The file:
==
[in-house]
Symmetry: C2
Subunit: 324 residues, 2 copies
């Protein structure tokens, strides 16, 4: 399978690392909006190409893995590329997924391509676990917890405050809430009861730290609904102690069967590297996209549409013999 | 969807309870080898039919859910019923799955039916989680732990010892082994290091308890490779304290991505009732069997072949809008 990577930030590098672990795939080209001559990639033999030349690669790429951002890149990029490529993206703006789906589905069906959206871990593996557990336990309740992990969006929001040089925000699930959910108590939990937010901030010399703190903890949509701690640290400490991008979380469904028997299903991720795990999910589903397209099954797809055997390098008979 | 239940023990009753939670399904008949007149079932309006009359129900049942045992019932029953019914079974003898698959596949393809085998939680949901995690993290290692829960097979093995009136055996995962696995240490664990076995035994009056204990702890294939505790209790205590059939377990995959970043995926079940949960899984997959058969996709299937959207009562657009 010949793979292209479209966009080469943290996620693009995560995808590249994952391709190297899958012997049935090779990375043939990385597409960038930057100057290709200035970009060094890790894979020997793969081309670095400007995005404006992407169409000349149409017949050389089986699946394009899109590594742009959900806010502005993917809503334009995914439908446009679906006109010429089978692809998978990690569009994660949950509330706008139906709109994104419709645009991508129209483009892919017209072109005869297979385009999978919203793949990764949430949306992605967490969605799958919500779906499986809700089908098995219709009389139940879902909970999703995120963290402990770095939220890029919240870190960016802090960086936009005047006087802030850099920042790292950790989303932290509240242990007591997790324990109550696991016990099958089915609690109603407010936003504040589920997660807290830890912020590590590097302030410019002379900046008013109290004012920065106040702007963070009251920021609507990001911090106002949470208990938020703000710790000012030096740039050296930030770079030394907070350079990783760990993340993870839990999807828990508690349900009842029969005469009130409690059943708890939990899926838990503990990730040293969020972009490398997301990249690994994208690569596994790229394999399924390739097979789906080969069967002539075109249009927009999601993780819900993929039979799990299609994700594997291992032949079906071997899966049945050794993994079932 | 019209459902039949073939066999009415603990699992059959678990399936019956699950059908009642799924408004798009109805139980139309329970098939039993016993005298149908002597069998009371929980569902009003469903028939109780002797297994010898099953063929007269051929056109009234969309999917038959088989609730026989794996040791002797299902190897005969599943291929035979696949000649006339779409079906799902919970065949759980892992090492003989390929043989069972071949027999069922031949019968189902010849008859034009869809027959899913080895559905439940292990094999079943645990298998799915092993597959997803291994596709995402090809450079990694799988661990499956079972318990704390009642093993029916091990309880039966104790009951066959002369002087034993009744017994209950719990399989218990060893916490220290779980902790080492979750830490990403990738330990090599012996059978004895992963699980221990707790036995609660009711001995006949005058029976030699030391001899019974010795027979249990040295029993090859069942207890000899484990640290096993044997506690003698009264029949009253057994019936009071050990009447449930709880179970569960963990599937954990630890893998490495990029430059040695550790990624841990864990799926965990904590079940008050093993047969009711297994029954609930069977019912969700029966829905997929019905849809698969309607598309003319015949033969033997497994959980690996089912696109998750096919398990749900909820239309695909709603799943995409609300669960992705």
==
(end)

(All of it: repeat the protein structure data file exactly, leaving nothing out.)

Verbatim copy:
[in-house]
Symmetry: C2
Subunit: 324 residues, 2 copies
């Protein structure tokens, strides 16, 4: 399978690392909006190409893995590329997924391509676990917890405050809430009861730290609904102690069967590297996209549409013999 | 969807309870080898039919859910019923799955039916989680732990010892082994290091308890490779304290991505009732069997072949809008 990577930030590098672990795939080209001559990639033999030349690669790429951002890149990029490529993206703006789906589905069906959206871990593996557990336990309740992990969006929001040089925000699930959910108590939990937010901030010399703190903890949509701690640290400490991008979380469904028997299903991720795990999910589903397209099954797809055997390098008979 | 239940023990009753939670399904008949007149079932309006009359129900049942045992019932029953019914079974003898698959596949393809085998939680949901995690993290290692829960097979093995009136055996995962696995240490664990076995035994009056204990702890294939505790209790205590059939377990995959970043995926079940949960899984997959058969996709299937959207009562657009 010949793979292209479209966009080469943290996620693009995560995808590249994952391709190297899958012997049935090779990375043939990385597409960038930057100057290709200035970009060094890790894979020997793969081309670095400007995005404006992407169409000349149409017949050389089986699946394009899109590594742009959900806010502005993917809503334009995914439908446009679906006109010429089978692809998978990690569009994660949950509330706008139906709109994104419709645009991508129209483009892919017209072109005869297979385009999978919203793949990764949430949306992605967490969605799958919500779906499986809700089908098995219709009389139940879902909970999703995120963290402990770095939220890029919240870190960016802090960086936009005047006087802030850099920042790292950790989303932290509240242990007591997790324990109550696991016990099958089915609690109603407010936003504040589920997660807290830890912020590590590097302030410019002379900046008013109290004012920065106040702007963070009251920021609507990001911090106002949470208990938020703000710790000012030096740039050296930030770079030394907070350079990783760990993340993870839990999807828990508690349900009842029969005469009130409690059943708890939990899926838990503990990730040293969020972009490398997301990249690994994208690569596994790229394999399924390739097979789906080969069967002539075109249009927009999601993780819900993929039979799990299609994700594997291992032949079906071997899966049945050794993994079932 | 019209459902039949073939066999009415603990699992059959678990399936019956699950059908009642799924408004798009109805139980139309329970098939039993016993005298149908002597069998009371929980569902009003469903028939109780002797297994010898099953063929007269051929056109009234969309999917038959088989609730026989794996040791002797299902190897005969599943291929035979696949000649006339779409079906799902919970065949759980892992090492003989390929043989069972071949027999069922031949019968189902010849008859034009869809027959899913080895559905439940292990094999079943645990298998799915092993597959997803291994596709995402090809450079990694799988661990499956079972318990704390009642093993029916091990309880039966104790009951066959002369002087034993009744017994209950719990399989218990060893916490220290779980902790080492979750830490990403990738330990090599012996059978004895992963699980221990707790036995609660009711001995006949005058029976030699030391001899019974010795027979249990040295029993090859069942207890000899484990640290096993044997506690003698009264029949009253057994019936009071050990009447449930709880179970569960963990599937954990630890893998490495990029430059040695550790990624841990864990799926965990904590079940008050093993047969009711297994029954609930069977019912969700029966829905997929019905849809698969309607598309003319015949033969033997497994959980690996089912696109998750096919398990749900909820239309695909709603799943995409609300669960992705």